Can we agree that fifty hours is a serious commitment for a piece of entertainment? Sure, it’s a fraction of the time it takes to master any real skill, and it’s probably a drop in the ocean of hours I’ve wasted neurotically flitting between social media apps on my phone. But time spent consuming media is defined by different parameters than how we choose to spend our days out in the real world. It’s time spent engaged with the work of another person; it’s how we learn to shift our perspectives and gain an abstracted understanding of empathy. Art, in its broadest interpretation, strips down life to highlight certain emotions, philosophies, perhaps even “truths.” As such, we subconsciously expect (or at least hope) that every moment of this craft will build toward one of these epiphanies, that the creator is assured enough to be leading toward, if not pure thematic consistency, something that constitutes “the point.”
I’m not discounting a longform work’s ability to convey message and theme, and perhaps that’s part of the reason Baldur’s Gate made me question the time I was spending on it in the first place. Again, fifty hours is not an insubstantial length of time, and plenty of bona fide masterpieces I’ve yet to touch would take up at least that. I’ve seen nary a second of The Sopranos or The Wire — the two television series that finally earned the medium true cultural respectability — in any true context. I have a beautiful box set of In Search for Lost Time — a novel that could not have my interests more piqued — on my bookshelf, untouched since I received it last Christmas. I’ve even heard of a game called Planescape: Torment — a Baldur’s Gate successor, rendered on the same engine — that supposedly has a literary ambition and authorial voice rarely seen in video games.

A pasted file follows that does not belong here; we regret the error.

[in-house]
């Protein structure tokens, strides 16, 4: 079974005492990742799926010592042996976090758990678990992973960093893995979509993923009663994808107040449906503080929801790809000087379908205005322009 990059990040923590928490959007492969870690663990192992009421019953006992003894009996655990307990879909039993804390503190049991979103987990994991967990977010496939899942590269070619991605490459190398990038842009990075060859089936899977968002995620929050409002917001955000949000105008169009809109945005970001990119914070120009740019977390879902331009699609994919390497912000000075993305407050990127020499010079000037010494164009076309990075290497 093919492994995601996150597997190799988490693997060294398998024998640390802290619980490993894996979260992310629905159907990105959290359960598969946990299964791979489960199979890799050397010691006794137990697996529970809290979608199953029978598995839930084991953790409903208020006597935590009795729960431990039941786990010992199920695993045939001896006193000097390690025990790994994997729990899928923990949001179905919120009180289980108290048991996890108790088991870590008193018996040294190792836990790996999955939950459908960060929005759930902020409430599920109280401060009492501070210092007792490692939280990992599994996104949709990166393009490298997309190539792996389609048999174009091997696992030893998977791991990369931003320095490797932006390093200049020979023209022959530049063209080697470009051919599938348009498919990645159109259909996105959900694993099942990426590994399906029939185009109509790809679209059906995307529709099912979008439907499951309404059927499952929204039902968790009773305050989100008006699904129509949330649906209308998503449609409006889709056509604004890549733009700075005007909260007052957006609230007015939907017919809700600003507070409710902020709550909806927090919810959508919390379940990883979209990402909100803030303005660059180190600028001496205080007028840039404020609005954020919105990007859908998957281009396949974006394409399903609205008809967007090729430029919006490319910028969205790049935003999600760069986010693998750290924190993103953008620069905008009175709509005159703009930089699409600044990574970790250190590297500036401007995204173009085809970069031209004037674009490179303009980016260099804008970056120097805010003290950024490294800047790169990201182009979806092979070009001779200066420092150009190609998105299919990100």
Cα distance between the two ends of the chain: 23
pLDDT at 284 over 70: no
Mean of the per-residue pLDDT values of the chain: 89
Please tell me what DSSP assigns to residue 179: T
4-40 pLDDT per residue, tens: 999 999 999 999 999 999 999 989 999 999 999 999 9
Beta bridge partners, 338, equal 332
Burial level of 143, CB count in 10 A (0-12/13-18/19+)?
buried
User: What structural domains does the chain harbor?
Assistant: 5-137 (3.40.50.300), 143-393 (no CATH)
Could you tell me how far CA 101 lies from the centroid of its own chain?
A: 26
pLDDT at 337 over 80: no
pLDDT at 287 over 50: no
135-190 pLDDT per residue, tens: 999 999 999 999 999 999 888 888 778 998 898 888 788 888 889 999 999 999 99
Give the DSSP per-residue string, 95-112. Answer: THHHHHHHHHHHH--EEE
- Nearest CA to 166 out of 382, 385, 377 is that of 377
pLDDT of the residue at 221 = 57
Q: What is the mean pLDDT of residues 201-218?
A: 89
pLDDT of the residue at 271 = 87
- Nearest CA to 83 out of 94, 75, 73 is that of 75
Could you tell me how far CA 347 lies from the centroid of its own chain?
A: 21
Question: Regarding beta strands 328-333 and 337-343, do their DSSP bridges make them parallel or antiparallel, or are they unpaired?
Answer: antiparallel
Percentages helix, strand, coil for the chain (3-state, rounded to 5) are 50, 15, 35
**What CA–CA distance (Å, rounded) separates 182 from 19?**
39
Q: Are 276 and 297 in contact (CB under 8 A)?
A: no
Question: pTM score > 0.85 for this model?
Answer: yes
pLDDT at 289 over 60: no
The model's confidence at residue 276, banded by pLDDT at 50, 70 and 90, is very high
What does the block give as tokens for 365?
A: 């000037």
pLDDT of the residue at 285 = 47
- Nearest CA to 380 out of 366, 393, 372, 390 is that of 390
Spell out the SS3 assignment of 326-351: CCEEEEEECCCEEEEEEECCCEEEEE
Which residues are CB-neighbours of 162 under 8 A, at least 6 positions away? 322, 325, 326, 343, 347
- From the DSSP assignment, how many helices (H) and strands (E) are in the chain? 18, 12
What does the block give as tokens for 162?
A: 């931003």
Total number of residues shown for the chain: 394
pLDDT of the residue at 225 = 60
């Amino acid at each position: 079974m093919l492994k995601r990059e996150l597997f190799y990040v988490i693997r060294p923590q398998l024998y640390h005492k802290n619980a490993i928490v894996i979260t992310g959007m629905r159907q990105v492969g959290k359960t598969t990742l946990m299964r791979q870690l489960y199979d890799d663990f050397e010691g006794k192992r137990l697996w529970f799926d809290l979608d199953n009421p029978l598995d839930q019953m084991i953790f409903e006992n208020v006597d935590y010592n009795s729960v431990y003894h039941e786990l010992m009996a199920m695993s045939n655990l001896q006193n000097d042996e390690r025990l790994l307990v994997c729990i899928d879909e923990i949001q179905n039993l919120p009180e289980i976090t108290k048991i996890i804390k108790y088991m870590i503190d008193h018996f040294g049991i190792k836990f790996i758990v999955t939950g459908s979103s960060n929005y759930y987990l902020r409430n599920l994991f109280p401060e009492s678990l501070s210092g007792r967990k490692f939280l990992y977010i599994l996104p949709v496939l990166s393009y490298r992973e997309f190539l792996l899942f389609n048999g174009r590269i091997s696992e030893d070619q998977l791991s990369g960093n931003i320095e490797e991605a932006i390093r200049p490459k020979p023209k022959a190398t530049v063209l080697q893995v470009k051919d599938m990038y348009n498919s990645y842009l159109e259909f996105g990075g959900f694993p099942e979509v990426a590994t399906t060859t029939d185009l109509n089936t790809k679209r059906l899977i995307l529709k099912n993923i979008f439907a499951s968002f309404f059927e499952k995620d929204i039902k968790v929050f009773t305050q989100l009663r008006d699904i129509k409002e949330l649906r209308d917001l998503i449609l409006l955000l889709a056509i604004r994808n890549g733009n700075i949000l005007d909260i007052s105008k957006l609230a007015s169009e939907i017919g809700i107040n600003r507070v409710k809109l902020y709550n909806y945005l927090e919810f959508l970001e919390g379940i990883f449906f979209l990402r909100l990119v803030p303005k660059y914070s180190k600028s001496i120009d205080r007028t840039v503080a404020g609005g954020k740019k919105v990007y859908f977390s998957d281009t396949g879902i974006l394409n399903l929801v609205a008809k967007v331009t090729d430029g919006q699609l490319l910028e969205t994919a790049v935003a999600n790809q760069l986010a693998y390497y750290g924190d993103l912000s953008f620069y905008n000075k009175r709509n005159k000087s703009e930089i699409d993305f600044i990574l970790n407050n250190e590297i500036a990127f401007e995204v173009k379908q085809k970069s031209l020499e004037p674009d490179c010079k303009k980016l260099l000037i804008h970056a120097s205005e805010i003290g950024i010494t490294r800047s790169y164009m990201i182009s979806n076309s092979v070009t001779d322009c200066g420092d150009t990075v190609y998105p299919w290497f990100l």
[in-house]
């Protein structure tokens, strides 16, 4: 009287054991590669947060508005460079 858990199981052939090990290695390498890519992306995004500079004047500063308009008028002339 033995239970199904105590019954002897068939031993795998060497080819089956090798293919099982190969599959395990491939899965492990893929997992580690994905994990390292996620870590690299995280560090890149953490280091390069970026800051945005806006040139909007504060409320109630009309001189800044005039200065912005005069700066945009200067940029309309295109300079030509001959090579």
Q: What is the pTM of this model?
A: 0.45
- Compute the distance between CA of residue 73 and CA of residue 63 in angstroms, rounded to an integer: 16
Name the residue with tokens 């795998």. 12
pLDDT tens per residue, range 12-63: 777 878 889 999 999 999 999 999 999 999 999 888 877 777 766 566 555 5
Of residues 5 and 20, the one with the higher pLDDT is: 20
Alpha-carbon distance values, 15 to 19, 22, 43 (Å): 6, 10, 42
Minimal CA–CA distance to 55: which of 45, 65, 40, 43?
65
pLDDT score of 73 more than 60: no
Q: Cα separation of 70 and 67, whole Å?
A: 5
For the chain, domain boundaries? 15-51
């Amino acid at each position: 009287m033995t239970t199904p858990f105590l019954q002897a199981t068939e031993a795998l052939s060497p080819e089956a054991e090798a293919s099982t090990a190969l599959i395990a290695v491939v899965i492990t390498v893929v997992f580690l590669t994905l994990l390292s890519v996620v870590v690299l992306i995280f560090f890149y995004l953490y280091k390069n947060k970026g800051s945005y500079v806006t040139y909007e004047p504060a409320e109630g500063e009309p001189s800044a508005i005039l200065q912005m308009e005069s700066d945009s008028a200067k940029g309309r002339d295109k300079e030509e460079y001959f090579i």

I think “[This] is totally worth your time, but [that] totally isn’t!” is a pretty hacky way to approach any subject in life. Not only does it totally and haughtily (and usually ignorantly!) invalidate that hobby/trade/object/etc.’s supporters, but it leads to cultural evaluation where the number of stars on a box is more important than actual, nuanced conversation about the object in question. So please don’t take it lightly when I ask, in future year 2013 and with a wealth of globe-spanning culture at my fingertips, what, exactly, am I supposed to gain from Baldur’s Gate‘s days-spanning runtime? Continue reading